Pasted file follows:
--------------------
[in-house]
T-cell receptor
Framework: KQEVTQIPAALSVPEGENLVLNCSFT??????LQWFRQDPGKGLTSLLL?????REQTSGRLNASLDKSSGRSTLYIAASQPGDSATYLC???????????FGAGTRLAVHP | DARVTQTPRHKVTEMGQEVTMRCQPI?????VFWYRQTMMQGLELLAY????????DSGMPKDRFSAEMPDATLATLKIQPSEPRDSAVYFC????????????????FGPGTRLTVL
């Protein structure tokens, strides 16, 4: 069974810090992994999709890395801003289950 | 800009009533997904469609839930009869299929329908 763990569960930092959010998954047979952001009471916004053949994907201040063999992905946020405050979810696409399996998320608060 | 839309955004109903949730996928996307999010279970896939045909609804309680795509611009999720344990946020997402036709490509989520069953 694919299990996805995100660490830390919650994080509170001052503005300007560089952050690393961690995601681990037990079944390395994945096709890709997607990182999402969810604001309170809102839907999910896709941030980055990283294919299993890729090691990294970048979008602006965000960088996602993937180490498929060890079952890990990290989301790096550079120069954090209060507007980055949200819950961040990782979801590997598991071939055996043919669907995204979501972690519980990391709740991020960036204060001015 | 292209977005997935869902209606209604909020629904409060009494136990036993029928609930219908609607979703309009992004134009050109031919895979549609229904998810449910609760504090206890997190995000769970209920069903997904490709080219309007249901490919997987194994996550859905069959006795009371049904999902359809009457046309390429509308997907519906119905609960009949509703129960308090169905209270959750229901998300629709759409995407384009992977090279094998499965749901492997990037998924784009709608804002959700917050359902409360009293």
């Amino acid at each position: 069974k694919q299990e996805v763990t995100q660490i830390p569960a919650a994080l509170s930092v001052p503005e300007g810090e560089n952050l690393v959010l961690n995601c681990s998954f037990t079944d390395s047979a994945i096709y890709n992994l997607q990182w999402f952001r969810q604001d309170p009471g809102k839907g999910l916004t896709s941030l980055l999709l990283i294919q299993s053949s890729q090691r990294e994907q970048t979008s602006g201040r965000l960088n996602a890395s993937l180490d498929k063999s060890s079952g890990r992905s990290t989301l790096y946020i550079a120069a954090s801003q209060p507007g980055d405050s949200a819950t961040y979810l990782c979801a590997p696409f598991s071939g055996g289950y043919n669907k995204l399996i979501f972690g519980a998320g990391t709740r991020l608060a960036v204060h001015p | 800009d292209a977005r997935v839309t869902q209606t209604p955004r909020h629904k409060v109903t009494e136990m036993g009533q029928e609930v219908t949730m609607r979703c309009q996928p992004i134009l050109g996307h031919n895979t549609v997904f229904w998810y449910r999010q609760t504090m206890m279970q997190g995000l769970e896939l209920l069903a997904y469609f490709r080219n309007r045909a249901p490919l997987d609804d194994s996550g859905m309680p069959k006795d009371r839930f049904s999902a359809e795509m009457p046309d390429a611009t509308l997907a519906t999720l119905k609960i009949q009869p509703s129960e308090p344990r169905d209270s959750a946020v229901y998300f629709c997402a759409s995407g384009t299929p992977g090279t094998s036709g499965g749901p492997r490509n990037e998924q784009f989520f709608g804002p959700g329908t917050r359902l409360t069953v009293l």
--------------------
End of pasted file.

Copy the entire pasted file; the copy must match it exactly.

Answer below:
[in-house]
T-cell receptor
Framework: KQEVTQIPAALSVPEGENLVLNCSFT??????LQWFRQDPGKGLTSLLL?????REQTSGRLNASLDKSSGRSTLYIAASQPGDSATYLC???????????FGAGTRLAVHP | DARVTQTPRHKVTEMGQEVTMRCQPI?????VFWYRQTMMQGLELLAY????????DSGMPKDRFSAEMPDATLATLKIQPSEPRDSAVYFC????????????????FGPGTRLTVL
């Protein structure tokens, strides 16, 4: 069974810090992994999709890395801003289950 | 800009009533997904469609839930009869299929329908 763990569960930092959010998954047979952001009471916004053949994907201040063999992905946020405050979810696409399996998320608060 | 839309955004109903949730996928996307999010279970896939045909609804309680795509611009999720344990946020997402036709490509989520069953 694919299990996805995100660490830390919650994080509170001052503005300007560089952050690393961690995601681990037990079944390395994945096709890709997607990182999402969810604001309170809102839907999910896709941030980055990283294919299993890729090691990294970048979008602006965000960088996602993937180490498929060890079952890990990290989301790096550079120069954090209060507007980055949200819950961040990782979801590997598991071939055996043919669907995204979501972690519980990391709740991020960036204060001015 | 292209977005997935869902209606209604909020629904409060009494136990036993029928609930219908609607979703309009992004134009050109031919895979549609229904998810449910609760504090206890997190995000769970209920069903997904490709080219309007249901490919997987194994996550859905069959006795009371049904999902359809009457046309390429509308997907519906119905609960009949509703129960308090169905209270959750229901998300629709759409995407384009992977090279094998499965749901492997990037998924784009709608804002959700917050359902409360009293």
């Amino acid at each position: 069974k694919q299990e996805v763990t995100q660490i830390p569960a919650a994080l509170s930092v001052p503005e300007g810090e560089n952050l690393v959010l961690n995601c681990s998954f037990t079944d390395s047979a994945i096709y890709n992994l997607q990182w999402f952001r969810q604001d309170p009471g809102k839907g999910l916004t896709s941030l980055l999709l990283i294919q299993s053949s890729q090691r990294e994907q970048t979008s602006g201040r965000l960088n996602a890395s993937l180490d498929k063999s060890s079952g890990r992905s990290t989301l790096y946020i550079a120069a954090s801003q209060p507007g980055d405050s949200a819950t961040y979810l990782c979801a590997p696409f598991s071939g055996g289950y043919n669907k995204l399996i979501f972690g519980a998320g990391t709740r991020l608060a960036v204060h001015p | 800009d292209a977005r997935v839309t869902q209606t209604p955004r909020h629904k409060v109903t009494e136990m036993g009533q029928e609930v219908t949730m609607r979703c309009q996928p992004i134009l050109g996307h031919n895979t549609v997904f229904w998810y449910r999010q609760t504090m206890m279970q997190g995000l769970e896939l209920l069903a997904y469609f490709r080219n309007r045909a249901p490919l997987d609804d194994s996550g859905m309680p069959k006795d009371r839930f049904s999902a359809e795509m009457p046309d390429a611009t509308l997907a519906t999720l119905k609960i009949q009869p509703s129960e308090p344990r169905d209270s959750a946020v229901y998300f629709c997402a759409s995407g384009t299929p992977g090279t094998s036709g499965g749901p492997r490509n990037e998924q784009f989520f709608g804002p959700g329908t917050r359902l409360t069953v009293l």